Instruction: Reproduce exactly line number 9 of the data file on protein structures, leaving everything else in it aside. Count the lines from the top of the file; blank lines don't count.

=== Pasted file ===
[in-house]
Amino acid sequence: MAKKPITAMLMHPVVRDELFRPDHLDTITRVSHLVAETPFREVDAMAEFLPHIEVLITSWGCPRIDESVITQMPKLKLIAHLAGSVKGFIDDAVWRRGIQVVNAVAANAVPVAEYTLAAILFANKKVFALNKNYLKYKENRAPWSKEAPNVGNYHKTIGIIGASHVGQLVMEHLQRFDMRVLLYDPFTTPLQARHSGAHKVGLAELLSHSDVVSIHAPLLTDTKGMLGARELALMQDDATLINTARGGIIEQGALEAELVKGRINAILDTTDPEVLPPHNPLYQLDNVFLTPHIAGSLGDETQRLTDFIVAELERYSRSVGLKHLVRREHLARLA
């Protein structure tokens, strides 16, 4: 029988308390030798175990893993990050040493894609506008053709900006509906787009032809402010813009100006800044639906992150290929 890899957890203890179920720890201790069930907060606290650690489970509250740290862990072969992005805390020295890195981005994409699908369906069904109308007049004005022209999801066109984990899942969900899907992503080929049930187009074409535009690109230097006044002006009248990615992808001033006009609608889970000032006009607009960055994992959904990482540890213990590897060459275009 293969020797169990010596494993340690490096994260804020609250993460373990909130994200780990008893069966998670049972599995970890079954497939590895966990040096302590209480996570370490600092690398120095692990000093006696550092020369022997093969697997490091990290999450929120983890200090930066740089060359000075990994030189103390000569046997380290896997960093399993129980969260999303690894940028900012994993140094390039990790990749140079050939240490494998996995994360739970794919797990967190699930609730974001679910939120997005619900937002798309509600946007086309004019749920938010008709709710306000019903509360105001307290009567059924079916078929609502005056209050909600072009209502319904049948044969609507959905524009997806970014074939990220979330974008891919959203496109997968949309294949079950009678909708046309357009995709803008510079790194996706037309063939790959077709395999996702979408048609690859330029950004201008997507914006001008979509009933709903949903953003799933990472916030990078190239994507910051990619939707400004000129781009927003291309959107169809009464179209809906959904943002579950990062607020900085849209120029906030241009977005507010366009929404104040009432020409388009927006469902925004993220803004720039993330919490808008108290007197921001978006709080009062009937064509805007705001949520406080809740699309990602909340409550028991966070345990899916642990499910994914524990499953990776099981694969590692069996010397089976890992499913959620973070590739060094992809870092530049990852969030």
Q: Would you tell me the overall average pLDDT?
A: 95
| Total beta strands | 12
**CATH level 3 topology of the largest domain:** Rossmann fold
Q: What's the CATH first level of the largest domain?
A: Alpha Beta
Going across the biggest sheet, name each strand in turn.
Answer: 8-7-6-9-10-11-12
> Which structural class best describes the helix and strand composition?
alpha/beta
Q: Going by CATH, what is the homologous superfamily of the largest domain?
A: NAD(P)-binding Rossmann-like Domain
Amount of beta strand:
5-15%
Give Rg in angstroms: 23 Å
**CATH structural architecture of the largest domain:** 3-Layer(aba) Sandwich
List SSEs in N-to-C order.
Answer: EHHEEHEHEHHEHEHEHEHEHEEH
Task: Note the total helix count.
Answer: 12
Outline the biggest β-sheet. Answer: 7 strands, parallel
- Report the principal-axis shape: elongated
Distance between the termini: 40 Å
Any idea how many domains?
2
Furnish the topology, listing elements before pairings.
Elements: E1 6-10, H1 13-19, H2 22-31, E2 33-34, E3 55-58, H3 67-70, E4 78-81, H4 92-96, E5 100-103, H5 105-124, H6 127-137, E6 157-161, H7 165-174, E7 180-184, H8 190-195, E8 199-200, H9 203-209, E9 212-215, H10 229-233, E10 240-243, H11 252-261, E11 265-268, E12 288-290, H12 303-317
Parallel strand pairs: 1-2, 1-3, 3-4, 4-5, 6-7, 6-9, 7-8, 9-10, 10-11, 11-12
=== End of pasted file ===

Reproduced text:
A: Alpha Beta